Four friends prank a Cabin in the Woods nightmare on their friend’s honeymoon so well that it actually becomes The Cabin in the Woods horror in real life.
Before I watched The Jokesters, I had no idea what to expect – neither the name nor the poster gave much away, so I sat down to watch it having read only a brief synopsis which I found online; in short, ‘a prank goes horribly wrong’. I honestly had no idea how they would drag it out for eighty minutes without it descending into something completely ridiculous. Having seen it, I’m no closer to understanding.
The Jokesters follows the Prank Masters, members of a popular ‘VidHub’ channel who (you’ve guessed it) spend their time playing pranks on one another, filming it and uploading it to the internet for everyone to see. The opening includes some footage of their antics – the pranks are nothing special, but they’re no worse than the content of actual channels like this on YouTube, so I suppose I have that to be thankful for.
The Prank Masters consist of Nick (Nathan Reid, who also wrote the film’s screenplay), Andrew (Gabriel Tigerman), Chris (Luis Jose Lopez) and Ethan (Dante Spencer). When Ethan announces that he’s getting married, and the possibility of him leaving the group arises, the other three, led by Nick, take it upon themselves to carry out the ultimate home invasion prank, with the newlywed Ethan and his wife, Gabrielle (Jen Yeager) playing the starring roles of victims one and two. I’ll admit that the build up to this point wasn’t necessarily that bad – in typical found footage fashion, the characters and their defining traits are established. It wasn’t hard to watch. The footage from Ethan and Gabrielle’s wedding was relatively entertaining, with Nick’s comments causing a stir among the guests, but, unfortunately, the writing was a little too heavy-handed in its allusion to the events of the second half of the film.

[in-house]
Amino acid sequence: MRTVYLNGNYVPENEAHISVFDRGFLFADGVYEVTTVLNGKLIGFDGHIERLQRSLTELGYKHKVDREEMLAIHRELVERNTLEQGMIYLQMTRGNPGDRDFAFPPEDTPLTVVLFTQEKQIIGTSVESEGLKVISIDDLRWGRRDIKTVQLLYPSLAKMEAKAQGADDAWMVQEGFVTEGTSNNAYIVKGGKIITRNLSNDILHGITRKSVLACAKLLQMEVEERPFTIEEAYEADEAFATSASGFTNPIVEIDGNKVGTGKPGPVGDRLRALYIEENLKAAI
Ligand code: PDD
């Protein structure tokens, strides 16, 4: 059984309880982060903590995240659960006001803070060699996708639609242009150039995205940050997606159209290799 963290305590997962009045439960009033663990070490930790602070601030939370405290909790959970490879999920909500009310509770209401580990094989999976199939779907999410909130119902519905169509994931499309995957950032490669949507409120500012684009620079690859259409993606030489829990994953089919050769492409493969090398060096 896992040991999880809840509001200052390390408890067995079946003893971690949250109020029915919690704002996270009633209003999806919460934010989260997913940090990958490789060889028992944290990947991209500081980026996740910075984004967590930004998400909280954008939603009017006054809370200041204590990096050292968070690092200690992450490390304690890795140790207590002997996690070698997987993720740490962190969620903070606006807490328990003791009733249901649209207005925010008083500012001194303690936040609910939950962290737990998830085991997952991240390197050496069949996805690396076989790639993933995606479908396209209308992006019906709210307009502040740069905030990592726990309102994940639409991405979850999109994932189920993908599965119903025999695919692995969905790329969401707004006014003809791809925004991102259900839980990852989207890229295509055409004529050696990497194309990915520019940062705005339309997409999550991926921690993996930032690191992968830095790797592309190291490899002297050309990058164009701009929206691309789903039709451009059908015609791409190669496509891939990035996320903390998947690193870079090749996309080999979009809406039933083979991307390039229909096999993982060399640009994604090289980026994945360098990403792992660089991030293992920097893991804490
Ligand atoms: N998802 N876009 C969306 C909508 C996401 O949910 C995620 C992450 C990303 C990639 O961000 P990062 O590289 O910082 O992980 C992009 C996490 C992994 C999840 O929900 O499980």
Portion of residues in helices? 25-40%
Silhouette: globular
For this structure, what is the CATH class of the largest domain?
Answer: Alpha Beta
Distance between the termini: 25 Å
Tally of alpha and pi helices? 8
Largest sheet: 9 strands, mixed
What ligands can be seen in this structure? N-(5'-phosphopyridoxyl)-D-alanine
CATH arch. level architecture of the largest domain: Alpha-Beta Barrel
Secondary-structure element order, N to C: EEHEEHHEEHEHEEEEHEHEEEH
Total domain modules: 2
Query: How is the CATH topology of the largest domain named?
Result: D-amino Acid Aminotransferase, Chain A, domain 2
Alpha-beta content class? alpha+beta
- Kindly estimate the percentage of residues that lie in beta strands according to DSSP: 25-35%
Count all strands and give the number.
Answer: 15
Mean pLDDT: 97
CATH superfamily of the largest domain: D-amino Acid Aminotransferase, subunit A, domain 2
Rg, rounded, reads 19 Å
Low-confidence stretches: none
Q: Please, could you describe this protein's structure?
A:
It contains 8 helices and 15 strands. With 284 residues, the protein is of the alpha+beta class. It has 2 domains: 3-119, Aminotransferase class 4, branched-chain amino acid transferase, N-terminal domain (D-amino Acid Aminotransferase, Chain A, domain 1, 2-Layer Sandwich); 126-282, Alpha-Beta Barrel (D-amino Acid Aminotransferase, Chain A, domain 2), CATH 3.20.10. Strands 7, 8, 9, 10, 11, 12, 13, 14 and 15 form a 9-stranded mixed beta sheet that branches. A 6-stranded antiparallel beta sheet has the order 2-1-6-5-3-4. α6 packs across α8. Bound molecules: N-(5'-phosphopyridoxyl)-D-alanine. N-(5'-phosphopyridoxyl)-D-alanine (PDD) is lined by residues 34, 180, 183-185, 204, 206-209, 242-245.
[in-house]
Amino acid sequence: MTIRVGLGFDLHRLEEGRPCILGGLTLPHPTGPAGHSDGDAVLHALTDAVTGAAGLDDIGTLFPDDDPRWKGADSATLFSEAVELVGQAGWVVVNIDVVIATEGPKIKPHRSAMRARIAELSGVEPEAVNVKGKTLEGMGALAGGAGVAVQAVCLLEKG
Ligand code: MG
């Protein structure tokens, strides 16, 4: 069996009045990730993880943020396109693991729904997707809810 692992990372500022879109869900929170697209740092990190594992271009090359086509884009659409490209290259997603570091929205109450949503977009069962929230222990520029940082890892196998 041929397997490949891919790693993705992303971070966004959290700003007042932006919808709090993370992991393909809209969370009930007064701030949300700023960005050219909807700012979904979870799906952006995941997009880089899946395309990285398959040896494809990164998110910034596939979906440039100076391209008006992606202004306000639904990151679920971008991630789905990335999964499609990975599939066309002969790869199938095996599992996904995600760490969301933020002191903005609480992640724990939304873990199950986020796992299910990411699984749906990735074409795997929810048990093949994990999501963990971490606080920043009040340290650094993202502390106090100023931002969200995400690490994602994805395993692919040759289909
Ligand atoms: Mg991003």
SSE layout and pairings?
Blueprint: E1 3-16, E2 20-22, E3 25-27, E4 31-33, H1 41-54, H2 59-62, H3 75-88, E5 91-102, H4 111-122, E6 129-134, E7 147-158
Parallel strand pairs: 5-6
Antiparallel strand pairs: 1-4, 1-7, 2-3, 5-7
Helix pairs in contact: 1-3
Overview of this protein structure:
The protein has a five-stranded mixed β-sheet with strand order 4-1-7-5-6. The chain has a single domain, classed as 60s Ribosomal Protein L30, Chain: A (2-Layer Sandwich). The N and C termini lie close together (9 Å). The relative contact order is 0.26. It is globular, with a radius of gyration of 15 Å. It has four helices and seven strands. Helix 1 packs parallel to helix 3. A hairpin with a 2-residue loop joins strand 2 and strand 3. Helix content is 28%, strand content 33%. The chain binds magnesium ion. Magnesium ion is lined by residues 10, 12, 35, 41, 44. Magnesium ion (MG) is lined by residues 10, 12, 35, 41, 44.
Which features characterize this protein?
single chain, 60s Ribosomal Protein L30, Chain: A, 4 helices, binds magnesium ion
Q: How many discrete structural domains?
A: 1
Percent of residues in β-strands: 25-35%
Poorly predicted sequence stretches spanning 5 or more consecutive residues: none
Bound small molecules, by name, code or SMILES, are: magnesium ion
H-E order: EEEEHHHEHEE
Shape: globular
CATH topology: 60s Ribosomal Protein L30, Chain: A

Once Ethan and Gabrielle are on their honeymoon (conveniently enough, in a cabin in the woods), the directing of the film seems to take a turn for the worst. It honestly wouldn’t surprise me to the learn that the director of the first half had given up and walked off at this point – all of the establishing work done at the beginning of The Jokesters was, apparently, thrown out of the window. After Nick’s ‘ultimate prank’ is foiled by Ethan and Gabrielle, he’s humiliated (though Chris and Andrew don’t escape unscathed, as they’re also forced to stand naked in the mountain snow). In secret, the entire group conspire to get their own back, orchestrating what might have been a genuinely interesting scenario in retaliation. However, when they finally reveal that it was all a joke, things go downhill, with Nick turning on them in a surprising display of violence.
Though Nick’s descent into madness was sudden, it provided a few fairly visceral scenes for the gore fans among you as he hunts the rest of the group down, one by one, ultimately kidnapping (and presumably torturing) Gabrielle. Unfortunately, these were ruined by the overwhelming self-indulgence of Nick’s monologues and the character’s over the top approach to the killings (and, naturally, the aftermath). Who walks around wearing a skull mask 24/7?
The ending of The Jokesters was just stupid – there’s no other way to put it. I’m not sure if Nathan Reid was trying to make a point about the internet or viral video sensationalism in the final few scenes, but I think that perhaps I’m trying too hard to find something cerebral. Regardless of his intentions, the whole thing fell flat for me. If you like Jackass, then maybe you’ll enjoy The Jokesters for its take on the sort of prank culture they’ve contributed to. It starts out with potential, but quickly peters out into nothing special – you’re not going to see any blood until almost an hour in, if that’s your thing, and it felt too rushed to be enjoyable.
The Jokesters might serve well as a comedy – at times, it was genuinely amusing, though perhaps unintentionally – but if you’re looking for a decent scare, I’d give it a miss.